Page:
Is the Streetwear Bubble About to Burst?
Originally published on Highsnobiety and in Issue #17 of their magazine.
History has shown several instances of “bubbles,” boom and bust periods involving everything from tulips to the American housing market. If the current state of streetwear is any indicator, the golden years of the movement might be about to end with an almighty pop.
In 1841, Scottish writer Charles Mackay published Extraordinary Popular Delusions and the Madness of Crowds. The book detailed examples of social epidemics, market speculation, and urban legends. In the 177 years since its publication, Mackay’s outline of how humans form social in-groups and endorse the absurd to their own detriment has only grown in relevance. Its insights are particularly relevant to the realm of streetwear today, which is officially a billion-dollar business.
As the dominant facet of 21st-century fashion, streetwear has come to define and be defined by the fervor with which it is coveted by adoring fans and cunning resellers the world over. It is a single red thread that extends through youth culture in nearly every major city around the globe. It is a bubble at least two decades in the making whose growth shows little sign of slowing. It has evolved from the uniform of skaters, punks, and hip-hop heads to a commercial fad powerful enough to upend the fashion industry itself.
Streetwear and sneaker culture is a form of mass hysteria, propagated by the internet and fueled by insecurity. In the near future, streetwear fever will reach its apex, and the category will shift into something entirely different, if not dissimilar. Here’s how.
If one positive social trend has grown out of streetwear’s mainstream success, it’s the rise of recognition. For the first time in history, major brands aren’t only borrowing from a previously unrecognized style subset, they’re embracing it fully. In this new era, names such as Shawn Stussy and James Jebbia drip, quasi-fetishized, from the lips of high society in Milan, Paris, and Seoul. But so do Rammellzee, Dondi White, and Dapper Dan. Are these complex, often revolutionarily important figures becoming one-dimensionalized by a European fashion industry that truly couldn’t care less about the history of a culture they’re now so ardently taking as inspiration? Absolutely — but that’s kind of what they do. And if it gets a few stories out there that need to be told, that’s certainly better than allowing them to be swallowed by the abyss of history.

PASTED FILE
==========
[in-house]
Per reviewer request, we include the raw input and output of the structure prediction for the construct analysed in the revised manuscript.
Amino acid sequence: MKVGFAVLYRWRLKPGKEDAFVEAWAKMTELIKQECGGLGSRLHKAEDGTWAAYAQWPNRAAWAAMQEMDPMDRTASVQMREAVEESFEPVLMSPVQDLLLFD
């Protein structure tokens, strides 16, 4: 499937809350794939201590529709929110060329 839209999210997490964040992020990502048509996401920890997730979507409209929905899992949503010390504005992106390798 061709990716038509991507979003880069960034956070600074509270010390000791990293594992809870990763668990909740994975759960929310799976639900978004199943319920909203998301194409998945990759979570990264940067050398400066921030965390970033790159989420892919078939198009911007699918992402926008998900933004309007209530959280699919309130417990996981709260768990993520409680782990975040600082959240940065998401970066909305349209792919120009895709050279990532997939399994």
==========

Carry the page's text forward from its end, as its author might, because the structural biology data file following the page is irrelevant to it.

When Yves Saint Laurent dove into North Africa and East Asia for inspiration and showed black models on the runway for the first time, he certainly could have been accused of tokenism. And sure, by today’s standards there was some ignorance in how he presented his collections. Yet, in the end there was more good than bad done by his willingness to tap into other cultures’ perspectives. And it can be argued that something similar is happening today. In fact, Virgil Abloh, the patron saint of this movement, has compared the rise of streetwear to Saint Laurent’s introduction of ready-to-wear as a democratizing moment in fashion.
Streetwear is often defined not by product category, marketing schemes, or price point, but rather as a culture. Yet this definition is too easy, and repeated so often that it has become a platitude: “Do it for the culture.” This common streetwear-adjacent phrase has even inspired a Migos track, two album titles, and the name of Migos member Offset and Cardi B’s first child — although the baby’s name is spelled “Kulture.”
Many well-meaning titans of the industry, Bobby Kim — better known as Bobby Hundreds — chiefly among them, have written diatribes on what defines “the culture” and how corporations are negatively impacting it. “Sales distro and image are what ultimately constitute a brand as streetwear,” Kim wrote. “Not the art or design.”
In 2017, Kim also wrote, “After 14 years of building my own brand, The Hundreds, I saw the ‘streetwear’ label get twisted and turned by the media and mainstream… Today, streetwear is the hottest hashtag in style, youth culture, and music, but no one agrees on what it means or where it came from.”
This perspective is valid, but it would have had a bigger impact had Kim not been promoting his own documentary on the scene, Built to Fail, at the time. He’d announced the film seven months earlier at ComplexCon, perhaps the most successful attempt to corporatize the community yet. This hustler mindset, one of constant self-promotion combined with a persistent and scorching thirst for relevance, is core to the world of streetwear. There is a fear, it seems, that no matter how big a brand becomes, it could be forgotten overnight.
If anything, streetwear was born as a subculture. It rose from a DIY aesthetic and a loose community of surfers, skaters, artists, graffiti artists, punks, and new wave and hip-hop musicians. Fear of God’s Jerry Lorenzo once defined streetwear in the following way: “No investors, no partners etc. The product is pure, as we’re not on the fashion calendar… I guess anything would be considered street that comes outside of the traditional fashion system.”
Yet, of course, many streetwear brands (including Lorenzo’s own) are now deeply ensconced in the system. The majority have outside investment (including Supreme — even before the $500 million Carlyle Group deal) and the fashion industry on the whole has followed streetwear’s lead, eschewing seasonality more and more with each passing year.